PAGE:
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In the lab and in the clinic, alisertib with TAK-228 excels against solid tumors, including triple-n

November 1, 2017


Two University of Colorado Cancer Center studies were presented this weekend at the AACR-NCI-EORTC Molecular Targets and Cancer Therapeutics Meeting in Philadelphia, PA showing that using the drug alisertib along with the drug TAK-228 is more effective against triple-negative breast cancer and solid tumors than either drug alone. The first study details the scientific work that forms the basis for the second study, which presents results of an ongoing phase 1 dose-escalation clinical trial of this combination in patients with advanced solid tumors.


Previous work implicates a kinase called Aurora A in the development and growth of breast cancer. The drug alisertib inhibits this kinase. This drug has the ability to kill many types of cancer cells; however, rather than dying in response to aurora A kinase inhibition, some triple-negative breast cancer cells enter a sleep-like state known as senescence. Senescence may be good – cells stop dividing quickly – but cell death is better.                                                                                                                                                   Jennifer Diamond, MD

“Unfortunately, even in this senescent state, triple-negative breast cancer cells can signal their neighbors to grow,” says Jennifer Diamond, MD, investigator at CU Cancer Center and the study’s first author. In fact, work in the Diamond lab and elsewhere shows that when triple-negative breast cancer cells become senescent, the cancer can, in fact, continue to grow.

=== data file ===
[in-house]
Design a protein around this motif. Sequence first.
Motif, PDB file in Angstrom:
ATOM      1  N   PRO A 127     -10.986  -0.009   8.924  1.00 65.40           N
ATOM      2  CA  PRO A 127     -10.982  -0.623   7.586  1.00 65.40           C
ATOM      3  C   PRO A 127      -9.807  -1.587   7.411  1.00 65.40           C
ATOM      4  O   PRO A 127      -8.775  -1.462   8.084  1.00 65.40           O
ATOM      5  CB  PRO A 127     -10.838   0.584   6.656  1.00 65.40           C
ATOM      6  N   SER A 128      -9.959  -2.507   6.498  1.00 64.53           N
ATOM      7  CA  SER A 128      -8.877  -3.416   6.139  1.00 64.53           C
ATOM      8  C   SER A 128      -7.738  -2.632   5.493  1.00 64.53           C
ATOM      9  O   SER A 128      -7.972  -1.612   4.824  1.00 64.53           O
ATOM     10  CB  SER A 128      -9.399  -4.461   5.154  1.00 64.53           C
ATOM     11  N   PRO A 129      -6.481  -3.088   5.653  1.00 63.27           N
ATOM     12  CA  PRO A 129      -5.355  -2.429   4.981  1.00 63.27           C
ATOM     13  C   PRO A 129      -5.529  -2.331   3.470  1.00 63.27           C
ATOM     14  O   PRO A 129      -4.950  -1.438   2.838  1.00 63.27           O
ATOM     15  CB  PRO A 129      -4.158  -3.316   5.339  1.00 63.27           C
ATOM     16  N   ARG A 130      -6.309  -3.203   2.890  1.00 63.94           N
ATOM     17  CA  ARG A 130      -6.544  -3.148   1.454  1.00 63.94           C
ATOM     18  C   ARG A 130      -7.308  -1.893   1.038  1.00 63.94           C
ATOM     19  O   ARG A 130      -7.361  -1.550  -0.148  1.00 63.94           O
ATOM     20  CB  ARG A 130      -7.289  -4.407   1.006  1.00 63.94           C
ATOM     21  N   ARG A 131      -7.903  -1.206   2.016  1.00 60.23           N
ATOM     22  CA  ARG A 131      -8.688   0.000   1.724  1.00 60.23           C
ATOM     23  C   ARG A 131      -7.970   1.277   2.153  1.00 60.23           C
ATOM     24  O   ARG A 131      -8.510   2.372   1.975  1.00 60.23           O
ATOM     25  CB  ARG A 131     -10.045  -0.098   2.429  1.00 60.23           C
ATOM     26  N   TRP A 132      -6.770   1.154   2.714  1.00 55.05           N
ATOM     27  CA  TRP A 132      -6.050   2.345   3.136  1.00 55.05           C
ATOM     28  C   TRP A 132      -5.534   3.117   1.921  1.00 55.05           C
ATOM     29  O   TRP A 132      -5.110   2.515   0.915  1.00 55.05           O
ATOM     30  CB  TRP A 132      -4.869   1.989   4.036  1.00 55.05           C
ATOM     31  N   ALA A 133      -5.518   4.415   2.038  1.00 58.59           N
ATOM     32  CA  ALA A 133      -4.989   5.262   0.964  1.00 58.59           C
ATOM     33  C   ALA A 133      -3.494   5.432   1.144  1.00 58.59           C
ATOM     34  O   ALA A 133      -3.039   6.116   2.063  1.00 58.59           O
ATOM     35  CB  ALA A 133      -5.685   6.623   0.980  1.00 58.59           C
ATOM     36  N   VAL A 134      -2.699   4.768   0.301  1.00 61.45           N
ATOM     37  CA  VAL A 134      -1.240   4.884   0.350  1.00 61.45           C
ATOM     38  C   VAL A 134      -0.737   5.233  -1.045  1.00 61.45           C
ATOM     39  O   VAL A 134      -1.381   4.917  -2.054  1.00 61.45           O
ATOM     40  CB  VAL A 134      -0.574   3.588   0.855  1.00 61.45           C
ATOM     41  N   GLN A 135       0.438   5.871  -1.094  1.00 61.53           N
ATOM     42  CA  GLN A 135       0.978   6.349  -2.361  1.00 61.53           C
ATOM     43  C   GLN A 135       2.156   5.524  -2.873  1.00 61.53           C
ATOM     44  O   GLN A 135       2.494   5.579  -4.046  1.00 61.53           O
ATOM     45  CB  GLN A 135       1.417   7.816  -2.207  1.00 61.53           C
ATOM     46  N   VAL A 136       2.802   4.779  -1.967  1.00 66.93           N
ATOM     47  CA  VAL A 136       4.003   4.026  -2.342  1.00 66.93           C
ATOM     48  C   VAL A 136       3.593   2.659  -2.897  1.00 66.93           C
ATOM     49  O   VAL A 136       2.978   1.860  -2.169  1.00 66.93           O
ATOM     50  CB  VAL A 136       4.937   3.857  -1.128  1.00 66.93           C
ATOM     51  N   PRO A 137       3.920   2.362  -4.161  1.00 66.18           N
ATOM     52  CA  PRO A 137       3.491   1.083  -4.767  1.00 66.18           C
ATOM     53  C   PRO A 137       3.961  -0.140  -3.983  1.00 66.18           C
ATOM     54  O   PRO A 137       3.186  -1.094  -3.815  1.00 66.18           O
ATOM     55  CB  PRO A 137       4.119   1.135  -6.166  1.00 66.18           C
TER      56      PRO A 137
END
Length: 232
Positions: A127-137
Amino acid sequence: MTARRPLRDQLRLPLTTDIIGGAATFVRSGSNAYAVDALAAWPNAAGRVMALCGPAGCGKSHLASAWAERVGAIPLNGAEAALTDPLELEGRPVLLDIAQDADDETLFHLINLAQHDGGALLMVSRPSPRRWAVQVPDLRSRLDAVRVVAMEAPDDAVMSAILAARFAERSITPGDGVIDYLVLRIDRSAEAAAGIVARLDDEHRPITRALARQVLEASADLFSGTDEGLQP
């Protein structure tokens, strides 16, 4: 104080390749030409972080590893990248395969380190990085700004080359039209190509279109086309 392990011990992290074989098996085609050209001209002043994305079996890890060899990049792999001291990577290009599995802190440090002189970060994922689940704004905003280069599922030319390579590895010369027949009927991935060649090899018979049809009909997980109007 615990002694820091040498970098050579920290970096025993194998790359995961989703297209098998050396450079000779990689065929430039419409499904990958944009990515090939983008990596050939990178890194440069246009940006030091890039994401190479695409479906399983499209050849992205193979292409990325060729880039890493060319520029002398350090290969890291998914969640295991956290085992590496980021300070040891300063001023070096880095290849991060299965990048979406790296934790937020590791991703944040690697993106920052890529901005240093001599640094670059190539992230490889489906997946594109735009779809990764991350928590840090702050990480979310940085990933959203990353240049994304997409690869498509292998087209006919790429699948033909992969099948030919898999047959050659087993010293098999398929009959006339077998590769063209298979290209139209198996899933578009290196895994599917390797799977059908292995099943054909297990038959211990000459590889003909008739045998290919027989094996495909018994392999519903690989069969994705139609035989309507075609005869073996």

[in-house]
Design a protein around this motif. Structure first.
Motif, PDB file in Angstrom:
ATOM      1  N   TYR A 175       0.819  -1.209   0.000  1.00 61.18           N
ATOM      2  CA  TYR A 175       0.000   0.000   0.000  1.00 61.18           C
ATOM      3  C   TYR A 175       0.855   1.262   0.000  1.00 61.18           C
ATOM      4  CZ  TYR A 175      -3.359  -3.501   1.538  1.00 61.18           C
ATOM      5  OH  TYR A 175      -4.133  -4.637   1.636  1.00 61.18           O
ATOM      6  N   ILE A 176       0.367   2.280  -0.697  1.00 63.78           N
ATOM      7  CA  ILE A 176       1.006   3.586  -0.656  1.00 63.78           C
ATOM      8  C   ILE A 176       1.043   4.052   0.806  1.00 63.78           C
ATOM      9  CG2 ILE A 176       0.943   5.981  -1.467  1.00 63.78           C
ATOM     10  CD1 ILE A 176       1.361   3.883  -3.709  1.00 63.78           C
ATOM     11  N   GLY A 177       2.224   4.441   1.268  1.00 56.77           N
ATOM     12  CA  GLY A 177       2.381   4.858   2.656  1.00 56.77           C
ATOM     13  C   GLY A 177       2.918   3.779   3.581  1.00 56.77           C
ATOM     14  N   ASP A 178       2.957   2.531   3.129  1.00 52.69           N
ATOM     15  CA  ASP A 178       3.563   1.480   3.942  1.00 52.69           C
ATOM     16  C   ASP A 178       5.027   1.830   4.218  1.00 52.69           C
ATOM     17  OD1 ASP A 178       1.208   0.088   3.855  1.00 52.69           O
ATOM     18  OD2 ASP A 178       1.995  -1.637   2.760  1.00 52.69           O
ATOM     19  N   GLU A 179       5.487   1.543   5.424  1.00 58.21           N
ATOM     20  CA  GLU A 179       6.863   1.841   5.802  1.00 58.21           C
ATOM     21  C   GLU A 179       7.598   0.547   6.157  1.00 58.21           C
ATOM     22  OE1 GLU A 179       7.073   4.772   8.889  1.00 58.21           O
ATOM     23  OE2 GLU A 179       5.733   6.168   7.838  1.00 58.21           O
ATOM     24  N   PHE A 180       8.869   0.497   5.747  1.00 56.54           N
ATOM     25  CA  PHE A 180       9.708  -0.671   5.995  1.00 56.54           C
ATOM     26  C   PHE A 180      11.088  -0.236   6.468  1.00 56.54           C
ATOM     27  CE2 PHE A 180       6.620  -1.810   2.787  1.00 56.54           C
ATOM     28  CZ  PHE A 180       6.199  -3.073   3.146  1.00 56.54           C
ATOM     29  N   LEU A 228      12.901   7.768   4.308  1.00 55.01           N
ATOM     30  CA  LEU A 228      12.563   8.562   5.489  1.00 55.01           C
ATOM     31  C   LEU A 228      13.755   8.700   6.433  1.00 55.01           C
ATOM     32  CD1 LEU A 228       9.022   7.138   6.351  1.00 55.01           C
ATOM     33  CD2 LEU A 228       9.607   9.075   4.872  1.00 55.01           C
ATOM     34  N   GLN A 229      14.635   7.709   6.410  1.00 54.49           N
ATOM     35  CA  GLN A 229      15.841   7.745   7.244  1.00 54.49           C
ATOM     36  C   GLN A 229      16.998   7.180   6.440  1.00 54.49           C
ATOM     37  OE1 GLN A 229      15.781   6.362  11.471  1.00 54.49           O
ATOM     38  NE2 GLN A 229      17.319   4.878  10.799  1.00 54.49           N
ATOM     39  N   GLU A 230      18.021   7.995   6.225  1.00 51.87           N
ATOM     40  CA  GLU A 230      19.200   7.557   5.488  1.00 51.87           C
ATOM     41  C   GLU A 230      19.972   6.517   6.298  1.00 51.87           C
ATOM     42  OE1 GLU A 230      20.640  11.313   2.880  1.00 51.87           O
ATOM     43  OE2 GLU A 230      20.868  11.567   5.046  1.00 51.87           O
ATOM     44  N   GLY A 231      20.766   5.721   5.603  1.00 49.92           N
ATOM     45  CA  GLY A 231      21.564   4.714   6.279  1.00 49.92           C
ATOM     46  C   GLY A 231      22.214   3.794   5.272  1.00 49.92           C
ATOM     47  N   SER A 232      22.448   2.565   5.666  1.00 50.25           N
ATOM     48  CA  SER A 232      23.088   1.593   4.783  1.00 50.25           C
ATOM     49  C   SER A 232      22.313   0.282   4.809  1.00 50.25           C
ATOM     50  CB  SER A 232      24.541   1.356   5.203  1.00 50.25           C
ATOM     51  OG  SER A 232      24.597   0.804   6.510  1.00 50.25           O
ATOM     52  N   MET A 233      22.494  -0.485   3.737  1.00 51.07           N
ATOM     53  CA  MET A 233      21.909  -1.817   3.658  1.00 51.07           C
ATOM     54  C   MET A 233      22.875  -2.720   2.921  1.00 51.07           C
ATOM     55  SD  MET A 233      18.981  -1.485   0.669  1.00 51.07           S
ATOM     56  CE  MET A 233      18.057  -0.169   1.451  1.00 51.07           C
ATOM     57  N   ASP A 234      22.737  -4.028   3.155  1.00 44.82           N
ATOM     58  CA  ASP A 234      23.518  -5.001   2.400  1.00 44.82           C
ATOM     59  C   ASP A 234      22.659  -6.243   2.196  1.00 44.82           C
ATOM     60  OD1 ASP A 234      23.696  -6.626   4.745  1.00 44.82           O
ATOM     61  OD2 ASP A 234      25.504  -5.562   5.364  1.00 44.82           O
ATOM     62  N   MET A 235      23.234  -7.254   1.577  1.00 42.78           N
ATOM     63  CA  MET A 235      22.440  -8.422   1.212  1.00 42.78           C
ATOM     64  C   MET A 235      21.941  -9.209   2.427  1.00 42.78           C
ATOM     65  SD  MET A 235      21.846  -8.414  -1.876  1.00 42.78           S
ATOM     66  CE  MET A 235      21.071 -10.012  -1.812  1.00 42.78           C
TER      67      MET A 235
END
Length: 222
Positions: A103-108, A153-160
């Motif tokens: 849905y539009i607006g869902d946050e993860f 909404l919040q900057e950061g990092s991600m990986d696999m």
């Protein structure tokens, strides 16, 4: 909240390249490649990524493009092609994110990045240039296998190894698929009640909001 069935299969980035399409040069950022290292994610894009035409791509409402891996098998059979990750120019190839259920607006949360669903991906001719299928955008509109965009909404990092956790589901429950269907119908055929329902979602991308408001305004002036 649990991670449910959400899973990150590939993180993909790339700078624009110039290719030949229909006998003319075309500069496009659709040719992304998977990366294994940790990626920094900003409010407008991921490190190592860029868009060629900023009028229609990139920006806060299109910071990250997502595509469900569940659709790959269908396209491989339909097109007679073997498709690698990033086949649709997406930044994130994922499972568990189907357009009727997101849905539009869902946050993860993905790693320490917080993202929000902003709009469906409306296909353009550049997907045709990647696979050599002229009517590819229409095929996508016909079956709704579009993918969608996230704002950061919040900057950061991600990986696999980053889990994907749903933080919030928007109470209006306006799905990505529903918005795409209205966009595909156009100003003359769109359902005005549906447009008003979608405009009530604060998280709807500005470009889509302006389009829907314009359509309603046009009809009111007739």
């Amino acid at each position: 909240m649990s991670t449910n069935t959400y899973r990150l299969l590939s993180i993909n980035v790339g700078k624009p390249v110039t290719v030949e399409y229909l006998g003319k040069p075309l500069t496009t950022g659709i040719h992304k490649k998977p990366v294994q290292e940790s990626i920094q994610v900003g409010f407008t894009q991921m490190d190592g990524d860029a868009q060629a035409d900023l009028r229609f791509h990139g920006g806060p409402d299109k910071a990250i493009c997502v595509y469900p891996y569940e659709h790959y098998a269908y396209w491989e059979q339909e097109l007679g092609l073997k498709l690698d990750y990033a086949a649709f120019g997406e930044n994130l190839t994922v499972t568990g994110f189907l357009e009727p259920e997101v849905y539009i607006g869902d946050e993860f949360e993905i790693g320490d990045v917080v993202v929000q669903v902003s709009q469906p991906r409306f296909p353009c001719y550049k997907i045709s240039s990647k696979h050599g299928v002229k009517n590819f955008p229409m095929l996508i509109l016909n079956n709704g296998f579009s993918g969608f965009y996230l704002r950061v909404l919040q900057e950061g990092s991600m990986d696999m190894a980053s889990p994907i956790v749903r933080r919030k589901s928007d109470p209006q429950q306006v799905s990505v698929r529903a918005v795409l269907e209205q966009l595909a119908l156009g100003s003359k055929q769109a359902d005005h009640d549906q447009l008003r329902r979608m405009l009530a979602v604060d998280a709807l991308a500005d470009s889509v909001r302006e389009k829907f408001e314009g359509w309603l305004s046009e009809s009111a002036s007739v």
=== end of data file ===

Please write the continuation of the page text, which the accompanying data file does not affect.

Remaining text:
The Diamond lab has also shown that when triple-negative breast cancer cells are treated with aurora A kinase inhibitors, they increase their signaling through a pathway known as mTOR.

“The first study we presented shows that mTOR is important for these cells to maintain senescence,” Diamond says.

When the group used TAK-228 to block mTOR signaling, instead of becoming senescent, triple-negative breast cancer cells died. In other words, it seemed as if these cells were using mTOR to escape alisertib. And using TAK-228 to block mTOR nixed this escape.

To confirm this effect, the group collaborated with James Orth, PhD, assistant research professor at CU Boulder, to apply a fluorescent labeling system to show where cells treated with each drug alone and in combination were in
     S. Lindsey Davis, MD                                   their cycle of replication. Alone, alisertib and TAK-228 each resulted in cell                                                                              cycle arrest – the cells stopped partway through the cell cycle to become senescent. When the group combined alisertib with TAK-228, instead of cell cycle arrest, cancer cells entered the cell death known as apoptosis.

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